Up a Lazy River

Ambler Isle
V and S
Tue 21 Jun 2011 21:59
Camper along the river
Spanish Moss on Old tree
Wee little Mahi, Note the beard and 'stash
This is the Way we Wash the boat
Red right returning?
Is this manmade shoreline?
Or is it Mother Nature's Handiwork
Oops, the river tries to claim another prize.
Different trailer, another oopsy.
Jacqueline and Karen
32 42N
088 06W
June 21, 2011
We slept til we naturally awoke without the alarm clock at 5:30am.  After so many early mornings, it happens.  We noticed that the river has changed.  For the better.  The tow boats and even their barges are freshly painted.  The river itself has very few logs and other debris.  Maybe it's been too dry for the logs on shore to be washed down. Many red and green marker buoy cans are new.  Even the day markers on the trees are new and the mile marker numbers, too.  Has the bad economy given everyone time to spruce things up at bit? 
The wildlife is also different this year.  Pelicans followed us up river the first 40 miles.  We saw no alligators here.  This is the most populated alligator territory  on the Tenn-Tomm Waterway.  We spotted the first ever wild boar grazing onshore.  It was dark brown, and very sleek.  A few miles later we saw another boar, this one a piglet, swimming across the river and climb up on the other shore.  Still later, we saw a couple cows grazing. 
Thinking of alligators, the state of South Alabama is granting 120 alligator hunting licenses this year.  4,000 folks registered for the prized licences.  Although we saw none, they are a huge nuisance here.  They eat family pets, menace small kids, and some places are off limits for safe swimming.  Like in Florida, they have been mismanaged to the point of becoming dangerous.  So, why only 120  licenses?  The wildlife spokesman said they might consider raising the number next year.  Not because they are a problem and need to be reduced, but because so many folks want to hunt them.  Pleas explain the science of wildlife management in that statement. 
M/V Adesso continues to stay with us.  Although we never met personally, they seem to like anchoring with another boat nearby.  Two nights ago we stopped at a poor anchorage across from Bashi Creek.  Smaller boats use the creek to anchor, but we have to drop the hook across the river.  It is very wide there, and a recommended anchorage, but barge traffic is frequent here.  We thought they might reconsider anchoring by us when they saw our selected spot, but they came ahead and dropped anchor nearby.  Neither of us has our dinghy down, so we couldn't visit.  But after a long day, that was ok.  The next day was pretty nice, too.  Hot, but nice.  We again ran the boat from the fly bridge, there is a nice breeze.  We had delays at both locks so far.  Hope this is not a sign of things to come.  This time Adesso went into Demopolis Yacht Basin for a much needed rest and we continued on another 10 miles to our favorite Rattlesnake Creek anchorage.   The cicada choir was just warming up.  The wind is so still and the temperatures 98 degrees, so we have had to run the air conditioning while the generator is on during the evening.  At bedtime, the temps have dropped to 75, and we turn everything off.  Our "elephant ears, " Breeze Boosters are place in the port lights in our sleeping berth and we find it comfortable.  The mornings are also cool, so we try to do outdoor chores then.   We went through a section of White Cliffs lining the shoreline.  Sometimes we think they are manmade, then they seem too magnificent to be.  The big trees draped with Spanish Moss, aka Grandfathers' Beard, are everywhere.  The humidity feeds these "air plants" and makes them thrive.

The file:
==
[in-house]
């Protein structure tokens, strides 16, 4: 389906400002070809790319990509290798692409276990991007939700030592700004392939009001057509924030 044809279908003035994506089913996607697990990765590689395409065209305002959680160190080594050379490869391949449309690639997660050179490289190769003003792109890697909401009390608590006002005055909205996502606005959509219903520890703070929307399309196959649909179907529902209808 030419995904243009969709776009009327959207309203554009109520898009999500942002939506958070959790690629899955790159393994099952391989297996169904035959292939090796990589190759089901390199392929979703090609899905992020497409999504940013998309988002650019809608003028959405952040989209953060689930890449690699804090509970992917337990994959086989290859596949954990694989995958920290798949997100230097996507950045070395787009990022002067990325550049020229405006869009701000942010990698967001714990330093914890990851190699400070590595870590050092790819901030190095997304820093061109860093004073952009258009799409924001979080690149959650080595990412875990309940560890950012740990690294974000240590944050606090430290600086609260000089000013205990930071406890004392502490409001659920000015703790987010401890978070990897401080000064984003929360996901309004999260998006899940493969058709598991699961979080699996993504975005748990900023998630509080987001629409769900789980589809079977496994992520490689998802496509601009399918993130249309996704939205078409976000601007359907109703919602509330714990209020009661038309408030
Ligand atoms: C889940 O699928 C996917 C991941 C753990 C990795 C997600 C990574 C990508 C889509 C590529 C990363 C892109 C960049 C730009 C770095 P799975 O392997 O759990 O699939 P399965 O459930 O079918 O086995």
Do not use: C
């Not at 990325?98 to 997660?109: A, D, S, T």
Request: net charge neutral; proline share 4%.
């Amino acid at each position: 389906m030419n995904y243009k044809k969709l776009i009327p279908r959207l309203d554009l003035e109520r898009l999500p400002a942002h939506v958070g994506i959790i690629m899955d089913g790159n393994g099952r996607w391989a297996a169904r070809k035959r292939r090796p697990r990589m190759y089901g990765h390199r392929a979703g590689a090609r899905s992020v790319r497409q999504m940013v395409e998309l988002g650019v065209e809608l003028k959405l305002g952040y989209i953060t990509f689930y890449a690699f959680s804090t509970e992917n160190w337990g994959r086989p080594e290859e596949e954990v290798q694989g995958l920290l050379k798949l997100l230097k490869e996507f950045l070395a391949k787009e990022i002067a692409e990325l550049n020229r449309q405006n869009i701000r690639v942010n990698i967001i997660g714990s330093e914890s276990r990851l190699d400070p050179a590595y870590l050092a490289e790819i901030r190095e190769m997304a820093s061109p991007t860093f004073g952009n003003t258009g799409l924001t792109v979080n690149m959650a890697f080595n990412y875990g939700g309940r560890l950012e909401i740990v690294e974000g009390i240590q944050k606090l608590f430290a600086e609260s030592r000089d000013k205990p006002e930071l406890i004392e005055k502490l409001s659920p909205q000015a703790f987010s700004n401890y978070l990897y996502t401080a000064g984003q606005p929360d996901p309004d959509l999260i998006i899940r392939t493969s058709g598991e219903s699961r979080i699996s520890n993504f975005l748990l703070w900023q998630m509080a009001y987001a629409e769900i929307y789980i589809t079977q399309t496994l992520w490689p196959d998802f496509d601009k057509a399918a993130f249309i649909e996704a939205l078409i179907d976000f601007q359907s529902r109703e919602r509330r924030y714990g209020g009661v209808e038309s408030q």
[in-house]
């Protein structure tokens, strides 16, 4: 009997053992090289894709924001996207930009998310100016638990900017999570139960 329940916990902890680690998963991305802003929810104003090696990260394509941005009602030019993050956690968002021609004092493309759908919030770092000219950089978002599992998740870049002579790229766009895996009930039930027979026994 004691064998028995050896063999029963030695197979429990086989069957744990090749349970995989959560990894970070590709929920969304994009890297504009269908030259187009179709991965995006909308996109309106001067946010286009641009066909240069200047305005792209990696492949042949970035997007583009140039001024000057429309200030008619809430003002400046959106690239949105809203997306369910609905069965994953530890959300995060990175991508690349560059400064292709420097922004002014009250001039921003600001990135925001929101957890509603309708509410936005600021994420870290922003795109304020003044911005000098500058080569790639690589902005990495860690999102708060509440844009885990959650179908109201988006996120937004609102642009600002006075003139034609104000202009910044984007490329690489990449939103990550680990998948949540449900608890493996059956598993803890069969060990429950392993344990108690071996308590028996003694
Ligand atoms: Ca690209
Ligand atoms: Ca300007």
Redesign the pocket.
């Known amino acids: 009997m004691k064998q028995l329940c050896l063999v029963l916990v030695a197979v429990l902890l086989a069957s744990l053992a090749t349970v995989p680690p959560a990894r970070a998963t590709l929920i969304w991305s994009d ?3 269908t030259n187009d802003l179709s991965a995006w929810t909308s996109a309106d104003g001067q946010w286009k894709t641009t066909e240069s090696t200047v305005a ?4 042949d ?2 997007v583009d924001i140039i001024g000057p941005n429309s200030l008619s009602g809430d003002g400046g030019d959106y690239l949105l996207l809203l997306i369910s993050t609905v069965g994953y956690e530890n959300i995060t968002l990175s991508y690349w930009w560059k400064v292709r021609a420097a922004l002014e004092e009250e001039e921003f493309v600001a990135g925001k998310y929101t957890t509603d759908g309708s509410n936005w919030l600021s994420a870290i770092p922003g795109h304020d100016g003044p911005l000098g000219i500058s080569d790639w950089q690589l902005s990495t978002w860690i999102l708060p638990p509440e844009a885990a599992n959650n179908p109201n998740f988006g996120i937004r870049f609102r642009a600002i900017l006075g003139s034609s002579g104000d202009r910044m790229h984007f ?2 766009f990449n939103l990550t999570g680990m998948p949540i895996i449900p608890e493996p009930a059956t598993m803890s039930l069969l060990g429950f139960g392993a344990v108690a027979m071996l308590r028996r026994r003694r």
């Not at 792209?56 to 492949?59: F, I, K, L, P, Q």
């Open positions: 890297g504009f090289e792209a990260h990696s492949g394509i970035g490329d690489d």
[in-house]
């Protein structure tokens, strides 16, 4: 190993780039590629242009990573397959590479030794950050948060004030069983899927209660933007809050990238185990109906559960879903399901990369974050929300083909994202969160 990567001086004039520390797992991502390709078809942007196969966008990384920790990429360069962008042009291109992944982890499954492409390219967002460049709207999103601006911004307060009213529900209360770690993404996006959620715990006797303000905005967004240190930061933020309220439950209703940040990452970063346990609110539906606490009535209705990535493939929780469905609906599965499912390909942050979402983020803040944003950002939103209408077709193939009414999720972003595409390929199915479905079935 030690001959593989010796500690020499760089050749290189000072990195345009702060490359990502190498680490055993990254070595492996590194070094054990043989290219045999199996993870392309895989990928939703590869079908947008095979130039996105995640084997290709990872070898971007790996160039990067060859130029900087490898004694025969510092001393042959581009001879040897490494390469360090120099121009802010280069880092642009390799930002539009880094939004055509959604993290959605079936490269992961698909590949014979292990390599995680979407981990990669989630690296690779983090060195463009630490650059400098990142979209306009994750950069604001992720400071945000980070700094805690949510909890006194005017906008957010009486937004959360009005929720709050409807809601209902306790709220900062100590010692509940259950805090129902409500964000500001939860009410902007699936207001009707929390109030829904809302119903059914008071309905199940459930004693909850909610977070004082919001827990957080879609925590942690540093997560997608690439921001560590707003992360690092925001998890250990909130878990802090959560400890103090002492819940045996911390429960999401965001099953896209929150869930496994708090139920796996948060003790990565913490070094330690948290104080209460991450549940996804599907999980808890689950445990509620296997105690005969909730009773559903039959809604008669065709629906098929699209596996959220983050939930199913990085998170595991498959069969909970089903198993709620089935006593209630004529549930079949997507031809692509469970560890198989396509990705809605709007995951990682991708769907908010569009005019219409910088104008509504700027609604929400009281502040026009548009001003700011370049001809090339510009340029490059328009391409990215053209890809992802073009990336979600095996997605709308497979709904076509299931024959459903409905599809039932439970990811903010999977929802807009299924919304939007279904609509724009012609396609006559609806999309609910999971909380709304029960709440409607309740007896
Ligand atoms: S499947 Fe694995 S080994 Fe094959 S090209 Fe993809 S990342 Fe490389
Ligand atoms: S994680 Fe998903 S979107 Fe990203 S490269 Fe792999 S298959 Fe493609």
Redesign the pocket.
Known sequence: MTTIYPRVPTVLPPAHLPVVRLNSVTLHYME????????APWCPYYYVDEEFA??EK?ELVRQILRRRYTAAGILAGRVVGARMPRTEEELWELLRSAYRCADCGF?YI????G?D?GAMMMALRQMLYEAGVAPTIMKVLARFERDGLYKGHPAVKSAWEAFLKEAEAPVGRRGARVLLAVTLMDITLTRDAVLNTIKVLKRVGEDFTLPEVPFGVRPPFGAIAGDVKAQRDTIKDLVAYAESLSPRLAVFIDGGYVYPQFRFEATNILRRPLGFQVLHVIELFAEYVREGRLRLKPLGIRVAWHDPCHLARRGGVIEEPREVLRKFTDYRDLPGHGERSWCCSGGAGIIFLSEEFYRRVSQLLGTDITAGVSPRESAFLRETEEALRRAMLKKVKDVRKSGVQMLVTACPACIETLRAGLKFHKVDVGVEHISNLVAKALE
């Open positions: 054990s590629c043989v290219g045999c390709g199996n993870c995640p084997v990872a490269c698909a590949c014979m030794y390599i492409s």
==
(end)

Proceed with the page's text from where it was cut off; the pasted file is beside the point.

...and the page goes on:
At the Heflin Lock, we met up with 3 power boats traveling together.  They'd anchored near the lock, and by the crack of noon were raising their anchors and locking through.  After we exited the lock, they called on the VHF to see how far we were going.  They were traveling another 4 miles to the Sumner Point Recreation Area.  Yes, I said 4 miles.  Their day's log was 6 miles, one lock,  1 hour.  We continued on to Windham Landing Cutoff about 20 miles north.  Immediately, the sky opened up and it rained buckets.  Turning on the radar to see, it was solid green with rain clutter.  The windows began to fog, and visibility was very poor.  Adjusting the radar helped, and we also used the Garmin Chartplotter.  We wiped the windows.  Soon we could see, but the rain was torrential.  Gust of wind pummeled our starboard side, some as high as 30 knots!! 
We continued on to Windham and entered the creek in 14' of water at 3:00 pm.   Early day for us.   We went all the way around to the exit back on the Tenn-Tomm and found 40' there.  Returning to the shallower water, we anchored in 12', setting on the first try.  It was still raining.  We mopped up the sky lounge after the driving rain.  Then sat back to watch the rain and relax.